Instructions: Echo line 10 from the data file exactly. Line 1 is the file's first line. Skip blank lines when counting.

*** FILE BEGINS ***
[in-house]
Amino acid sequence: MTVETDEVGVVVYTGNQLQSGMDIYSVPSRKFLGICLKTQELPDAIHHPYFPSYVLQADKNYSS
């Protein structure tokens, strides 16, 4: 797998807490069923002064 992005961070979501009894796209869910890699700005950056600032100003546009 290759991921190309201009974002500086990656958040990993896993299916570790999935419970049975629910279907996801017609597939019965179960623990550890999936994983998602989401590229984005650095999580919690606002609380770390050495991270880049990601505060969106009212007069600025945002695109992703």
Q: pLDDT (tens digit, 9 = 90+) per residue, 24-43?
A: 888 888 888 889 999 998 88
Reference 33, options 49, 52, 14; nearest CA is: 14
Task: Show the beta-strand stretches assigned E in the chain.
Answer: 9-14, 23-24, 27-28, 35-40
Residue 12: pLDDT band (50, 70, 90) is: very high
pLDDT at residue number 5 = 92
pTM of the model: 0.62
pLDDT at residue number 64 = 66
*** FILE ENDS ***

pLDDT at residue number 5 = 92